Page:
Dorian Hargrove 2:30 p.m., Dec. 9
I just read several stories about the latest on the Wall Street bailout and decided to write about this again:
Well, the financial "crisis" rears it's ugly head again. It now seems that Congress may pass a bill to bail out those pesky Wall Street firms, thereby rewarding them for their crass, careless behaviour.
"Every member of Congress and every American should keep in mind that a vote for this bill is a vote to prevent economic damage to you and your community," said Bush, fully aware that congressional passage of the $700 billion compromise legislation is far from assured."
The president argued that jittery U.S. taxpayers will benefit from a number of safeguards that lawmakers wrote into the pending legislation, including checks and balances on the operation of the program, curbs on "golden parachutes" for top executives of firms getting help, and assurances that taxpayers would ultimately be reimbursed by the companies for any losses.
Like Bruce Springsteen, I was born in the USA. I have never seen a reimbursement from anybody for anything, where government intervention is involved. Did you notice that the top executives may have to endure a "curb" on golden parachutes. WOW.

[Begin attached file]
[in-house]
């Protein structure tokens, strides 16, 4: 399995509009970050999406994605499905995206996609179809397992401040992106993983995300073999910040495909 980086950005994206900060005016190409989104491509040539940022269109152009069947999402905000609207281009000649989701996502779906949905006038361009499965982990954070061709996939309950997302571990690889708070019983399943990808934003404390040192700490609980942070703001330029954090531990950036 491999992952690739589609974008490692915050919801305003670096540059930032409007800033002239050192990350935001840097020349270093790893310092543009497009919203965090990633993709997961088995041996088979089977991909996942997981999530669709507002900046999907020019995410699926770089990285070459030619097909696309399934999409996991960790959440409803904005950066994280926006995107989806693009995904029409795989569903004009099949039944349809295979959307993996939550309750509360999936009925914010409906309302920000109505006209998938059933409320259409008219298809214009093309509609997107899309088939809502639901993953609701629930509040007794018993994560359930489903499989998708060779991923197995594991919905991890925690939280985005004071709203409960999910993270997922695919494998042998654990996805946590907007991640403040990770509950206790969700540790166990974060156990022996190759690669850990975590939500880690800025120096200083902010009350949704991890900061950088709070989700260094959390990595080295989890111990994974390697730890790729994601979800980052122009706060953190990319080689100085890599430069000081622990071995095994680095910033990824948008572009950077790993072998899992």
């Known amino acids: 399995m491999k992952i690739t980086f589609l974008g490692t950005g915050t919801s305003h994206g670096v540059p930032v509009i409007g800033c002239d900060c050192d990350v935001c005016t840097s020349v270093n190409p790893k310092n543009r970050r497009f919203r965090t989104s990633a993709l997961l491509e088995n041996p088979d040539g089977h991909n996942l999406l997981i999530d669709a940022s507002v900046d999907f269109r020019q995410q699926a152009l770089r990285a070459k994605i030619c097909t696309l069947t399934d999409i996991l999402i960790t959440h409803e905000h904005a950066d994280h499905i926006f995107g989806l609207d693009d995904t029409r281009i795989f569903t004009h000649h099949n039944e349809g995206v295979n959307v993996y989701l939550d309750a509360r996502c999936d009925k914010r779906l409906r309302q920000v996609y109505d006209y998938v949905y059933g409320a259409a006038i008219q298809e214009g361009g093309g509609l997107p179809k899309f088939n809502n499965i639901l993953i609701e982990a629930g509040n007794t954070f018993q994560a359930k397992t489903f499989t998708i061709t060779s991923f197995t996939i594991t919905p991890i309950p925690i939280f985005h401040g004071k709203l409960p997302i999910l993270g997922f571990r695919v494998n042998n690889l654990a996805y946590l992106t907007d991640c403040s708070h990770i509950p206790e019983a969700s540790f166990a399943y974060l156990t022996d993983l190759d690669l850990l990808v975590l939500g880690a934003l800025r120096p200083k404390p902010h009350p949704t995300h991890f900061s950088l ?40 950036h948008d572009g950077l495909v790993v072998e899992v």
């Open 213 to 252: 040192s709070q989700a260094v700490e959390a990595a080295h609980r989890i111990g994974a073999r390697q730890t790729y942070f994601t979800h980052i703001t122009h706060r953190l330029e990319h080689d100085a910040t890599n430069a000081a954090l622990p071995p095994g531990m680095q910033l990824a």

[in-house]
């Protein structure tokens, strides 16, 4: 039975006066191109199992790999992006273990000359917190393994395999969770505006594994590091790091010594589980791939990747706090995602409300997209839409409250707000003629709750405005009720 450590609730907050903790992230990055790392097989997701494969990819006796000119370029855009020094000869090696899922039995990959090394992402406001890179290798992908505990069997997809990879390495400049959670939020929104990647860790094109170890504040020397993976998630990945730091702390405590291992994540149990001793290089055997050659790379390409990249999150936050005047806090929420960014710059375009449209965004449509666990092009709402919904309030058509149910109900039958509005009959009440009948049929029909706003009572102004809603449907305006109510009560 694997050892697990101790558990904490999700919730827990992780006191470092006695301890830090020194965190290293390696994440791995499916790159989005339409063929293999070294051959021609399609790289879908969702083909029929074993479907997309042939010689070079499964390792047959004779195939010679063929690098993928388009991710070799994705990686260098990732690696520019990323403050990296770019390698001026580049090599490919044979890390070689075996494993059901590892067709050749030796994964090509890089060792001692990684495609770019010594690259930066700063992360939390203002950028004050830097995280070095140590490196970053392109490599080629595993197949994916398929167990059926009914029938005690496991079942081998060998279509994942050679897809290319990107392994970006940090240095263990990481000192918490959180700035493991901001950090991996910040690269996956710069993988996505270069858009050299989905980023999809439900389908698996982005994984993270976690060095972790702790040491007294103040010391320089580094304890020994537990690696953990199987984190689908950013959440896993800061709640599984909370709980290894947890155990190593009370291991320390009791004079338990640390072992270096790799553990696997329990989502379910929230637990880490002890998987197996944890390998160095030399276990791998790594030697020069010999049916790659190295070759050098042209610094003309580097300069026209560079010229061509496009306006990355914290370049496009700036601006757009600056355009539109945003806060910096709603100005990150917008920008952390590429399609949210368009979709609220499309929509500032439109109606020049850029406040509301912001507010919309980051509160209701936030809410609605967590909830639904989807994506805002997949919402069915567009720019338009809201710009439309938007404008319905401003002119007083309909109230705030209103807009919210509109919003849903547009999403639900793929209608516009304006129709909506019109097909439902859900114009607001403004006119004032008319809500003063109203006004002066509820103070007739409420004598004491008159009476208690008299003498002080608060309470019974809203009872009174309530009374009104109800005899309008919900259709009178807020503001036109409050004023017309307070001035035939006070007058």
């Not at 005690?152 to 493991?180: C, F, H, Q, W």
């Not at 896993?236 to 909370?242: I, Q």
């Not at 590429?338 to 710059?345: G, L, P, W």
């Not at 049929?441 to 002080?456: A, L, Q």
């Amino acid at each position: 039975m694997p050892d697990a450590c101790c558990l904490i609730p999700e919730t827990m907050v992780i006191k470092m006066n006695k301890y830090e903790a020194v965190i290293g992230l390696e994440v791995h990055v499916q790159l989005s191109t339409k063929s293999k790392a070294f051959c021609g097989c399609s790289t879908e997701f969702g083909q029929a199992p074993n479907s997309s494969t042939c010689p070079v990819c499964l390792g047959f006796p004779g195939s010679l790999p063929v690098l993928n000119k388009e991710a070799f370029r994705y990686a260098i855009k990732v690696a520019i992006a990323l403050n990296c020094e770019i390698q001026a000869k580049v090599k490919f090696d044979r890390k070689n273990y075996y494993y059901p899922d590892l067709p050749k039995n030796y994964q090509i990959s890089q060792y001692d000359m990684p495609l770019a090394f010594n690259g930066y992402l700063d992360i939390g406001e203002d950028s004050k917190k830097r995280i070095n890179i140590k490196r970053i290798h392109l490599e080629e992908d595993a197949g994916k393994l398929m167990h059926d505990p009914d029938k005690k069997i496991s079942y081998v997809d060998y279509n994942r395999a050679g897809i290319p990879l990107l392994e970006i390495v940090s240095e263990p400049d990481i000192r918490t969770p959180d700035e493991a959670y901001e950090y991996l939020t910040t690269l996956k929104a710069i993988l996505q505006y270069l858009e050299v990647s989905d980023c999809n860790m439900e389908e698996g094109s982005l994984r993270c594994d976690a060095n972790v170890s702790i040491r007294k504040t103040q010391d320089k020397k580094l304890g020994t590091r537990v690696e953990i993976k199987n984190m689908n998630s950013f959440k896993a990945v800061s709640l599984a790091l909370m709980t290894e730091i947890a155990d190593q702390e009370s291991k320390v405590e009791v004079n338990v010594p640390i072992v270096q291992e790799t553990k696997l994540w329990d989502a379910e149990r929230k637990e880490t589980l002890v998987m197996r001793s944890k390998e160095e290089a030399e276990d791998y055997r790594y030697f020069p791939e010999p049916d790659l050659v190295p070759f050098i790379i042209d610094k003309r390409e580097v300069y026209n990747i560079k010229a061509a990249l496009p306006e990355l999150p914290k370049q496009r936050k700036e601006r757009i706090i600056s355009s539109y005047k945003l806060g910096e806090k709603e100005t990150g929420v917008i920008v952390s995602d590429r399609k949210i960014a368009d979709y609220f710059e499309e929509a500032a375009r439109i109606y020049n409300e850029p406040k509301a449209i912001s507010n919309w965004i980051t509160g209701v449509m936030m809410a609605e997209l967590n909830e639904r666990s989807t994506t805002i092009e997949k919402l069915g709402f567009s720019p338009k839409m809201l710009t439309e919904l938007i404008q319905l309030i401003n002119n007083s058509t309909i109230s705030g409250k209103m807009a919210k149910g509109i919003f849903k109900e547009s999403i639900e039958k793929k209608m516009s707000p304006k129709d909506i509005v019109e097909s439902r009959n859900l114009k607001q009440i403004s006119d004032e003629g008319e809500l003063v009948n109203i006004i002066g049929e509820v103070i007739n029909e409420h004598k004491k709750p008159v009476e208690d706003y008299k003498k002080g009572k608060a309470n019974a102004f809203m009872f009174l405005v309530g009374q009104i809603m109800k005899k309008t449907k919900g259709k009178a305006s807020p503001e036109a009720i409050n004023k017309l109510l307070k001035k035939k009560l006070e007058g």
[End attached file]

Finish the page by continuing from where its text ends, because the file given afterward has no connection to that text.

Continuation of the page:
I received a response from Senator Feinstein stating:
"Now, this isn't just about Wall Street. Because we are this credit society, the financial troubles facing major economic institutions will ricochet throughout this Nation and affect everyone. So I believe the need for action is clear. But that doesn't mean Congress should simply be a rubberstamp for an unprecedented and unbridled program."
This whole debate about a financial crisis is fear mongering. If they scare us enough, we will change our minds. Sorry, let those wealthy financiers ride out the mess they created. I continue to believe we should let the chips fall where they may. Thousands of American citizens have been writing, calling, e-mailing, Congress, to express their opinions. As the polls say, the people say NO. A true representative government would go along with their constituency and "just say NO". Such a bailout is dangerous because the financial market enjoys very little oversight & this may not solve the problem.
"Still, Bush hinted that this may not be the last intervention required. "Even with the important steps we're taking to address the current crisis, we will continue to face serious challenges," he said."
These quotes are from a new story: http://news.aol.com/article/house-to-vote-on-massive-bailout-deal/188230
So long<p>email@example.com for comments or request prior blogs